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I did think about it, and I decided that killing someone was out of the question.
I’d done it once, but that’d been an accident. I couldn’t kill on purpose.
What’s more, I didn’t believe in magic.
Okay, at a stretch I was prepared to half-believe in ghosts. Half-believe.
But that was where I drew the line.
As for raising the dead? – Never!
It’d be a cold day in hell before I’d entertain that possibility.
The voice in my head fell silent and I was left alone with my guilt and fear. I carried on reading the Encyclopaedia Infernal, if only to take my mind off my misery. Its contents might have been nonsense, but it was diverting nonsense.
For instance, at the end of the chapter on raising the dead, there was the following story:
“It is said that in 1499 Leonardo da Vinci purchased the dead body of a young man called Giuseppe. He wanted to dissect it in order to make some anatomical drawings. When the body was delivered, he had second thoughts because he found the corpse impossibly attractive. So much so that he couldn’t bring himself to take a knife to it and cut it open. Instead, he kept it intact, and began to dwell on the idea of having a relationship with Giuseppe.
He became so obsessed with the idea that he decided to do all he could to make his dreams come true. He stored the cadaver in a cold cellar, packed it in ice to preserve it, and devoted all of his time to studying how he might bring the corpse back to life. He read all the writings of every alchemist, magician, mystic, and charlatan that he could lay his hands on.
Eventually, he found the information he was looking for in a work by Thales of Miletus. Thales had made a study of the secret practices of the ancient Egyptians. One of these was the resurrection of their dead Pharaohs. It entailed the use of the procedure set out in the previous pages of the Encyclopaedia Infernal, and, as you will have noted, it obliged Leonardo to kill three people in order to bring the young man back to life.
Leonardo was good friend of a man called Piero Soderini who was, in that year, a leading light in the Florentine Republic. Leonardo persuaded Soderini to allow him to execute three prisoners who had been sentenced to death by the Courts of the republic. Leonardo killed the prisoners (it is said he was compelled to do so in a violent manner, this being the tradition of the Florentine state at the time). He harvested their Life Force and used it to resurrect Giuseppe.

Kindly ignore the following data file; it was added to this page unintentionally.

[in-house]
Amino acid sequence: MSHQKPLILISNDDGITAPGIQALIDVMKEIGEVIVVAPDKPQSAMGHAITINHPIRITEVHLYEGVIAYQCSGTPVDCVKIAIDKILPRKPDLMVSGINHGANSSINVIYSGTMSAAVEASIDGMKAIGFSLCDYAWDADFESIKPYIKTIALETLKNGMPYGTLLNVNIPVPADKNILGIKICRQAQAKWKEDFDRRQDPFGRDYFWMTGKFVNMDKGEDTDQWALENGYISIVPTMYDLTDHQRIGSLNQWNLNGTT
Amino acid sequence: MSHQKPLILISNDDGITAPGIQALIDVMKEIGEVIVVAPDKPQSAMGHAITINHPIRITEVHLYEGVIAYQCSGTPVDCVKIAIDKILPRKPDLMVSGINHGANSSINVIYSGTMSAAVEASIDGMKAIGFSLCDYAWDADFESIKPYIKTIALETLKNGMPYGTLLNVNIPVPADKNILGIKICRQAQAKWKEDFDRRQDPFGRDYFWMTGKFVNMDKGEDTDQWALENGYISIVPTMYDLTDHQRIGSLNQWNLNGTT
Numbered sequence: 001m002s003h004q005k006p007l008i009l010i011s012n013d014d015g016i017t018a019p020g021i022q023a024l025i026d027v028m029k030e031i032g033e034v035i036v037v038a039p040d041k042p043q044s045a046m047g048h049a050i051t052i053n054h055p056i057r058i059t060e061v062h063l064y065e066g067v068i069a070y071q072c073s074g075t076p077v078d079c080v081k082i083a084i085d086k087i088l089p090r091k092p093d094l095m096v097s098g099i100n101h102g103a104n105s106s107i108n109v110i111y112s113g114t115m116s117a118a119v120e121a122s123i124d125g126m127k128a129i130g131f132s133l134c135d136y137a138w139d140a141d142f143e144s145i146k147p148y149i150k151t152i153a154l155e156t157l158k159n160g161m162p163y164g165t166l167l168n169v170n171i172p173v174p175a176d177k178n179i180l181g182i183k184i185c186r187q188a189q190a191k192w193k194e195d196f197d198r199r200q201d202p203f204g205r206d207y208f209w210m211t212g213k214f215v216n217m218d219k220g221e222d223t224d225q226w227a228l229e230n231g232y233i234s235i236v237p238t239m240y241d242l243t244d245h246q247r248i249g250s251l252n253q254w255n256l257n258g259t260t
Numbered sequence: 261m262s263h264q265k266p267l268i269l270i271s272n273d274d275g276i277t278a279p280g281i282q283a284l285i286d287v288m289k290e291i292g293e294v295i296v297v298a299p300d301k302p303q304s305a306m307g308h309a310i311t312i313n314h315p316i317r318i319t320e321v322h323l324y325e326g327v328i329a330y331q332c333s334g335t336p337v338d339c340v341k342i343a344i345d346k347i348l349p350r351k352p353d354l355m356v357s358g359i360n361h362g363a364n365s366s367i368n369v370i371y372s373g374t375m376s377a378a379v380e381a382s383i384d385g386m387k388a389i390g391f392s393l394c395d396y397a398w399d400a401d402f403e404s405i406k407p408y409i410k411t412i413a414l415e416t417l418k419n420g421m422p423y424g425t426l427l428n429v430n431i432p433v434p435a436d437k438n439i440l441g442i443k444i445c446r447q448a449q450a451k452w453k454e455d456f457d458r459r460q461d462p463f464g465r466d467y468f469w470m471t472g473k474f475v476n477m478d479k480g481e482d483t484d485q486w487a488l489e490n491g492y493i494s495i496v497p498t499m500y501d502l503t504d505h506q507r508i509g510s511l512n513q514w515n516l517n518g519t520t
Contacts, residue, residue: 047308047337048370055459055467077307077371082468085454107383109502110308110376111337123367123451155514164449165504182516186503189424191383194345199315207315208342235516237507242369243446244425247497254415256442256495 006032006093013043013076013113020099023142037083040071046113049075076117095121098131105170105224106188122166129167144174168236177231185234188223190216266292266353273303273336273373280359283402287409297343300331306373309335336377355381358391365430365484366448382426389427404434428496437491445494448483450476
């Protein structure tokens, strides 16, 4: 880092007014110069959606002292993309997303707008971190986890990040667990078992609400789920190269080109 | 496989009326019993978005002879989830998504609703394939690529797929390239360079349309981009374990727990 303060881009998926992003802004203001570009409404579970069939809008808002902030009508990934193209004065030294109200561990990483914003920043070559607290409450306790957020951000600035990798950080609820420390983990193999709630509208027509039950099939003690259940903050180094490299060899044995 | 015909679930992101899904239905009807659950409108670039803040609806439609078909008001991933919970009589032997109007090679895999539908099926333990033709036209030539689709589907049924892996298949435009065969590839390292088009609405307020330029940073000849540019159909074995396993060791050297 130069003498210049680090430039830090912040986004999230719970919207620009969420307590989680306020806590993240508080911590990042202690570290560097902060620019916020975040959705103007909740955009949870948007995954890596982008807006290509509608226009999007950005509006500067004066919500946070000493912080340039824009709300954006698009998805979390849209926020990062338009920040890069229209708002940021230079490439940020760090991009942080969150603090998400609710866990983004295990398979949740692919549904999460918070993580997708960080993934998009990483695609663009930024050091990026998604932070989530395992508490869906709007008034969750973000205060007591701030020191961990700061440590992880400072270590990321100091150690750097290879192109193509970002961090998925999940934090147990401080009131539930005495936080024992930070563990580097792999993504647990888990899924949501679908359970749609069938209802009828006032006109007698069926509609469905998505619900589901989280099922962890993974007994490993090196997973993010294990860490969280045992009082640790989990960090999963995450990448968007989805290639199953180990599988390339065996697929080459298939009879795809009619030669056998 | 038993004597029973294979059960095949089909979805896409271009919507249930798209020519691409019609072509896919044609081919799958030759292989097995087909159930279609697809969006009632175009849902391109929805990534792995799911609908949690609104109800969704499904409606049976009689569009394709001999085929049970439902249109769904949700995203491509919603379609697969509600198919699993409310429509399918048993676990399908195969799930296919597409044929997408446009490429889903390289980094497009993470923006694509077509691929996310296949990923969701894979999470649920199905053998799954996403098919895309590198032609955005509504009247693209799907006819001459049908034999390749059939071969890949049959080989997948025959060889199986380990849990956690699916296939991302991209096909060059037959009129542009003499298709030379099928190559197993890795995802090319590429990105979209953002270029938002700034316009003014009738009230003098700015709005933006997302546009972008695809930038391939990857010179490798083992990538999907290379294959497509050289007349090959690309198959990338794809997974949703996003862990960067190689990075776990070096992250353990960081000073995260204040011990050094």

For a brief period, he and Giuseppe enjoyed a passionate relationship. However, passions that run high in one direction are prone to run equally high in the other direction, often at a moment’s notice.
Inevitably, they had a falling out of some kind, and Leonardo regretted raising his handsome young lover from the dead. They came to blows, and, in spite of Leonardo’s extraordinary strength – he was reputed to be able to break horseshoes with his bare hands – he barely escaped with his life.
He fled, and got a job as a military architect for Cesare Borgia in Venice. In this role, he benefited from the protection of Cesare’s army, which kept him safe from the wrath of his former sweetheart.
Giuseppe’s fate is not known. It is rumoured that he committed a serious crime and was sentenced to death, and that it proved impossible to kill him. It is also rumoured that he aged slowly, if at all.
He is reputed to have reappeared centuries later in the Russian Imperial Court, calling himself Rasputin. By this time his powers were waning because of his great age. Even so, his assassins had to poison, shoot, knife, beat, and finally to drown him, in order to kill Giuseppe (if it was indeed Giuseppe).”
That was food for thought.
The story about Leonardo and Giuseppe was compelling, even though it was nonsense.
When I’d finished reading it, I turned to a chapter on summoning up Demons.
I still had a few hours left before I’d be needed by Victor and Dorothy, so I decided to raise a demon, just for a laugh. They say idle hands are the devil’s workshop and perhaps that is true.
The demon-raising ritual was simple: all I had to do was draw a pentacle on the ground, stand inside it, raise my arm, and speak certain magic words while looking in a mirror. The mirror was evidently a door to another dimension, or symbolic of such.
I went outside and hunted in the garden for a suitable pebble with which to draw a pentacle. I soon found one made of a chalky limestone, about the size of the palm of my hand. Then I copied an illustration provided at the end of the chapter as best I could.
I began with a circle on the drive about three feet in diameter. Then I marked out five equidistant points on it, and drew lines connecting them to create a five-pointed star. Finally, I copied magical symbols from the illustartion and inserted them into the spaces within my drawing.
As I didn’t have a straight edge or any kind of a compass, I had to draw it freehand. And since I’d never been much good at drawing, I made a holy mess of it. The arms of the pentacle were wobbly and unevenly spaced. But at least there were five of them, and what I’d drawn approximated to what was required, however crude it might have been.
I placed a mirror on the windowsill with the book open next to it then stood in the centre of the pentacle.
While looking in the mirror, I raised my right arm solemnly in the air as if swearing an oath. Then I read the magic words from my book – with some difficulty as I had to look in the mirror at the same time – and spoke them out loud.
And, in spite of my doubts, I found myself half-expecting a demon to appear.
Raising Dave is © Copyright 2017 by Jack Strange. Permission to publish this story has been granted by the author.
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